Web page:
Hundreds of protesters who took part in anti-police and Black Lives Matter demonstrations in the East Bay in December will need to wait, possibly up to a year, to find out if they have been charged after they were arrested during the protests, some of which turned violent.
Berkeley’s major commercial districts are awash with plywood — some of it covers broken glass, some has been erected as a preventive measure to protect vulnerable windows.
With two protests planned outside tonight’s Berkeley City Council meeting at Longfellow Middle School, Berkeleyside will be on scene with two reporters and will live-tweet about the events that unfold.
By Mara Van Ells
After canceling its regular session last week, the Berkeley City Council is set to hold two back-to-back meetings Tuesday night at Longfellow Middle School.
I am happy to see that a rising tide of idealism is causing non-violent demonstrations for justice across the country.
After hearing the testimony of about 10 people who said they were treated unnecessarily roughly during a Dec. 6 protest, the Police Review Commission voted Wednesday to ask Berkeley city officials to restrict the use of tear gas, over-the-shoulder baton hits and firing projectiles as a form of crowd control.
I’m a longtime Berkeley resident who has attended two of the last five nights of protests and have been following reportage and readers’ comments on Berkeleyside. There are five areas of misunderstanding I’d like to try to clarify:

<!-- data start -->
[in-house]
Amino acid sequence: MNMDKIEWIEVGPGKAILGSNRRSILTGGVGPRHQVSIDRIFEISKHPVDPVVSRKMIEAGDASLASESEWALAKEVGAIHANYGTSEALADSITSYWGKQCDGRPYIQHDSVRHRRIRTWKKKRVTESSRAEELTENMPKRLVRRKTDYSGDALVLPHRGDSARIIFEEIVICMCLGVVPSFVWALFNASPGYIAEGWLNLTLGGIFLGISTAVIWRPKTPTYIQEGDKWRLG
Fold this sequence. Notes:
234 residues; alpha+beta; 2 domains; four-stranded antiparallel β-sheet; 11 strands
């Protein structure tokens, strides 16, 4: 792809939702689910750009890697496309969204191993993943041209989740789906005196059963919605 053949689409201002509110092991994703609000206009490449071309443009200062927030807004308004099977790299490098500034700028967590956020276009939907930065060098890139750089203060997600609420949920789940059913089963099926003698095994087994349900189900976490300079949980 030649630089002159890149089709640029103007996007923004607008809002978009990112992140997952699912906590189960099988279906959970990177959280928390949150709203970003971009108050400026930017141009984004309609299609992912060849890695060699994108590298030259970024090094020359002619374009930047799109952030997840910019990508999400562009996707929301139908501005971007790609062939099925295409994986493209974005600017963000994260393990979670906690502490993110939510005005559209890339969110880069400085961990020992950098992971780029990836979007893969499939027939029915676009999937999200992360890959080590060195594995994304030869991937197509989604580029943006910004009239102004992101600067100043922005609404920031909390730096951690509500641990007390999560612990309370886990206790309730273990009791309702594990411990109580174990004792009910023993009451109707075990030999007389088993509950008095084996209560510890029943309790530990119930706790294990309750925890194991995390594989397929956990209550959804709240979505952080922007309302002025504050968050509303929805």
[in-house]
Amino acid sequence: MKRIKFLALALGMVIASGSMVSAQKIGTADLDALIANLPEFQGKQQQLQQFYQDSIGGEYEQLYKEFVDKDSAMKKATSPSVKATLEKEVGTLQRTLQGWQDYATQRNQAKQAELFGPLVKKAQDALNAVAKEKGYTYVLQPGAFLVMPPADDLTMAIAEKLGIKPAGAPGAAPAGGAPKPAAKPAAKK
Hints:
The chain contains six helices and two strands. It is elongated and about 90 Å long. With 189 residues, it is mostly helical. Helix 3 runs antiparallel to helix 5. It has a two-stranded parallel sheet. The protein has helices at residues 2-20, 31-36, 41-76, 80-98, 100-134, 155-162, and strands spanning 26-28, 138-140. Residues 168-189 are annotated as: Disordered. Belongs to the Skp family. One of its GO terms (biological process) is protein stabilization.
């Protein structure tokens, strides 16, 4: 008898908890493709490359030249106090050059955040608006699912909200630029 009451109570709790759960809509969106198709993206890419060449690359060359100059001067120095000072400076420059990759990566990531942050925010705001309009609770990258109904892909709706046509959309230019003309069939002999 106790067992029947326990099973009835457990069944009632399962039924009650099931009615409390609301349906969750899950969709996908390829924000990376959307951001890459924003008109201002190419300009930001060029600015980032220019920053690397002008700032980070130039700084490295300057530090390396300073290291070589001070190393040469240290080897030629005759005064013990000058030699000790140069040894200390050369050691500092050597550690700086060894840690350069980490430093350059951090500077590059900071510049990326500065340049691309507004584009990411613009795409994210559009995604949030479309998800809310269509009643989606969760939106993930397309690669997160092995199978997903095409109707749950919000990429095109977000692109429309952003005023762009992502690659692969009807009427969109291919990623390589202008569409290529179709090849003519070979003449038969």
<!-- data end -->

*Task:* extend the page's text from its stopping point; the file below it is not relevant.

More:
Hours after Berkeley’s police chief defended his department’s decision to use tear gas on protesters on Telegraph Avenue on Saturday, Dec. 6, two Berkeley City Council members called for an investigation into what they said were police excesses.
I marched again last night, Dec. 7, in Berkeley with my protest partner Sharon Fennema, and over 1,000 other committed, passionate, and almost entirely nonviolent people. It was astounding to see that there were more people gathered on December 7, 2014 than there had been the night before when protesters were violently attacked by police. As can happen, but doesn’t always, in response to state-sponsored attacks, a movement galvanized and grew; it did not weaken.
See all of Berkeleyside’s Berkeley protest coverage. Refresh this page for updates to the live blog.
By Emilie Raguso and Frances Dinkelspiel
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